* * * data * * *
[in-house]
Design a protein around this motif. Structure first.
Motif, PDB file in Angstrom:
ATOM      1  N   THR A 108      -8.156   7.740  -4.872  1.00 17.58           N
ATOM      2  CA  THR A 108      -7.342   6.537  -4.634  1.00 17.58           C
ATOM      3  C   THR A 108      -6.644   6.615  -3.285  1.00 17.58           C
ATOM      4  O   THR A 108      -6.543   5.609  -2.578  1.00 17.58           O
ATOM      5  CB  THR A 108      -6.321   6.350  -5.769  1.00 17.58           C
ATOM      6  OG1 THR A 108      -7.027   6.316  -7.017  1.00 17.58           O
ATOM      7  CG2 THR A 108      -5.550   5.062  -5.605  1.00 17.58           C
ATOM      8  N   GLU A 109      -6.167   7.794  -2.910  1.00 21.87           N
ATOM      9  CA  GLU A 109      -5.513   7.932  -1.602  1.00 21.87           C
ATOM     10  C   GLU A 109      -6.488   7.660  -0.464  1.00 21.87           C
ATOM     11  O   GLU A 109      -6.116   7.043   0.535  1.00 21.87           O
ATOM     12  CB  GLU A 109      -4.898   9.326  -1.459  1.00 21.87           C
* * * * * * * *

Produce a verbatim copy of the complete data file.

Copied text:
[in-house]
Design a protein around this motif. Structure first.
Motif, PDB file in Angstrom:
ATOM      1  N   THR A 108      -8.156   7.740  -4.872  1.00 17.58           N
ATOM      2  CA  THR A 108      -7.342   6.537  -4.634  1.00 17.58           C
ATOM      3  C   THR A 108      -6.644   6.615  -3.285  1.00 17.58           C
ATOM      4  O   THR A 108      -6.543   5.609  -2.578  1.00 17.58           O
ATOM      5  CB  THR A 108      -6.321   6.350  -5.769  1.00 17.58           C
ATOM      6  OG1 THR A 108      -7.027   6.316  -7.017  1.00 17.58           O
ATOM      7  CG2 THR A 108      -5.550   5.062  -5.605  1.00 17.58           C
ATOM      8  N   GLU A 109      -6.167   7.794  -2.910  1.00 21.87           N
ATOM      9  CA  GLU A 109      -5.513   7.932  -1.602  1.00 21.87           C
ATOM     10  C   GLU A 109      -6.488   7.660  -0.464  1.00 21.87           C
ATOM     11  O   GLU A 109      -6.116   7.043   0.535  1.00 21.87           O
ATOM     12  CB  GLU A 109      -4.898   9.326  -1.459  1.00 21.87           C